A Wheat Berry is a wheat grain stripped of its outer hull to leave just the whole kernel. When cooked, they have a "tender to the bite" texture and a nutty taste.
The health-happies will order Wheat Berries in large quantities from mail-order suppliers and grind an amount up fresh each week to make their own whole-wheat flour.
You cook them as you would other grains used as side-dishes, such as rice, bulgur wheat, etc. Mixed with legumes (e.g. beans), you can make a complete protein dish for your vegetarian friends. In fact, you may wish to cook these lots for your vegetarian friends, boiling them down into a very nutritious gruel.
You can also use cooked Wheat Berries in salads, soups, meat loaves, or as added texture in breads.
Raw Wheat Berries really can't be consumed just as is, with no preparation, unless you are prepared to chew for days and risk cracking a tooth.
They must either be ground into flour, sprouted, or boiled.
To cook, boil Wheat Berries in 4 times as much water as berries (e.g. 1 cup Wheat Berries, 4 cups of water). Boil for 60 to 70 minutes, topping up with water as needed. You can reduce cooking time to 50 to 60 minutes if you pre-soak overnight; you can boil in the water you soaked them in. They are cooked when tender; then drain. You can speed up cooking time further by cooking in a pressure cooker (try 1 cup / 180g / 6 oz of Wheat Berries, 4 1/4 cups (34 oz / 1 litre) of water, 1 tbsp butter or oil; cook for 35 to 45 minutes, high pressure).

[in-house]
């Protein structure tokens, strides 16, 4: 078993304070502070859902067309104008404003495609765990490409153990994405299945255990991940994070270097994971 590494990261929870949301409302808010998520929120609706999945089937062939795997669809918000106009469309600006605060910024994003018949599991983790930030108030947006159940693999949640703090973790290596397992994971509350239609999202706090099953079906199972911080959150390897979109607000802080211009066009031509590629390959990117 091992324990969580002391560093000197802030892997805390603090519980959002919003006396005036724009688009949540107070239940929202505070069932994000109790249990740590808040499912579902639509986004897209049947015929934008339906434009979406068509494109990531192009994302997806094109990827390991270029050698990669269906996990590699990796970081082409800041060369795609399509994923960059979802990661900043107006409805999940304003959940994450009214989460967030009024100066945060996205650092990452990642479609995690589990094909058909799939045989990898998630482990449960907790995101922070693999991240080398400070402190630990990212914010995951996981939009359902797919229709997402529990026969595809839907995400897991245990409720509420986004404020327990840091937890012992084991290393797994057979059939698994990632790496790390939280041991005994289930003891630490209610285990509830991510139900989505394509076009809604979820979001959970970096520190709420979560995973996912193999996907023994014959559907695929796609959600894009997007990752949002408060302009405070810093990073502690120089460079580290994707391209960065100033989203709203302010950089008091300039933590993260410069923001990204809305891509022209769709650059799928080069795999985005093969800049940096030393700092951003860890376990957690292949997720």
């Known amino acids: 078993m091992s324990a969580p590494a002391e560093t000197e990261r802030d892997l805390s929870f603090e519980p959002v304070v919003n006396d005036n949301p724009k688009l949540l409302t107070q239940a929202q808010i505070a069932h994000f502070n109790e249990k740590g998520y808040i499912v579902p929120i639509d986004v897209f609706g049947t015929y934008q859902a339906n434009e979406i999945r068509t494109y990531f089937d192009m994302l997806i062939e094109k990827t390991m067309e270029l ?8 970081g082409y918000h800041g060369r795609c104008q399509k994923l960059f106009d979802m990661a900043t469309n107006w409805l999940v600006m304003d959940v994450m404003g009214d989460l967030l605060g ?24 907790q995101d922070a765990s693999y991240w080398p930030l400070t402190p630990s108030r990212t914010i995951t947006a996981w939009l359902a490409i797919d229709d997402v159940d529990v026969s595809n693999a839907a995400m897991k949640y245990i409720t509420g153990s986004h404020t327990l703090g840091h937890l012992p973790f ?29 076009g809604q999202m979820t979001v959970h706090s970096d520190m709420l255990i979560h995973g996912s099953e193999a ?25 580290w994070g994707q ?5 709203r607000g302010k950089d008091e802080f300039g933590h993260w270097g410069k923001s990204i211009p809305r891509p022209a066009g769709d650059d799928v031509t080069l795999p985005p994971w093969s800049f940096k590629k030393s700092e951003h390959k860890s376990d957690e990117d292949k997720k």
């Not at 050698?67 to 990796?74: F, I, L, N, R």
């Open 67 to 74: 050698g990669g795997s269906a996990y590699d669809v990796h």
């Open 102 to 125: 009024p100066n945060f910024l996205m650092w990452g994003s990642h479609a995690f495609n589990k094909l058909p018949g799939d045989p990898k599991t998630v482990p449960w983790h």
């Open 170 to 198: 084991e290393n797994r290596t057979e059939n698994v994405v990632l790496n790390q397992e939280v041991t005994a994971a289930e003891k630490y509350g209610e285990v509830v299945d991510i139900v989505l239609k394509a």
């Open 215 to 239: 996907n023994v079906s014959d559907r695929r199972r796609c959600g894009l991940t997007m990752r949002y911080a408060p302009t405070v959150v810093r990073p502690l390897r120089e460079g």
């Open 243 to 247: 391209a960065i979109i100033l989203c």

Whether you boil or pressure cook, you can try replacing the water with stock; some say that Wheat Berries don't absorb the liquid as well if there is salt in the water or stock, but if you find that's the case, you can probably get around that by just topping up with water and cooking a few more minutes.
To sprout, soak overnight in cool water. The next day, drain thoroughly, but leave the kernels moist. Spread out on a plate, cover with plastic wrap, and place in a warmish place (but not hot, and not in sunlight, either.) The next day, rinse them, drain, and spread back out on a plate covered with plastic wrap in a warmish place. Repeat daily until they have sprouts about the length of the kernels. Then use as directed in recipe.
Bulgur Wheat; Brown Rice, Oat Groats
Same as for whole wheat.
Wheat berries will double in volume when cooked, so 1 part uncooked Wheat Berries will equal 2 parts cooked Wheat Berries
1 pound (450g) uncooked Wheat Berries = 2 1/2 cups uncooked = 5 cups cooked
1 cup uncooked Wheat Berries = 6 oz/ 180g
Even though Wheat Berries contain the bran of the wheat, which by itself can go rancid quickly, Wheat Berries store very well until ground. You can cook a lot up at once and freeze batches for ready use.
WheatAlpha Amylase; Bulgur Wheat; Cracked Wheat; Durum Wheat; Emmer; Hard Wheat; Maslin; Plain Flour; Seitan; Soft Wheat; Spring Wheat; Wheat Berries; Wheat Bran; Wheat Flakes; Wheat Germ; Wheatena; Wheat; Winter Wheat
Please share this information with your friends. They may love it.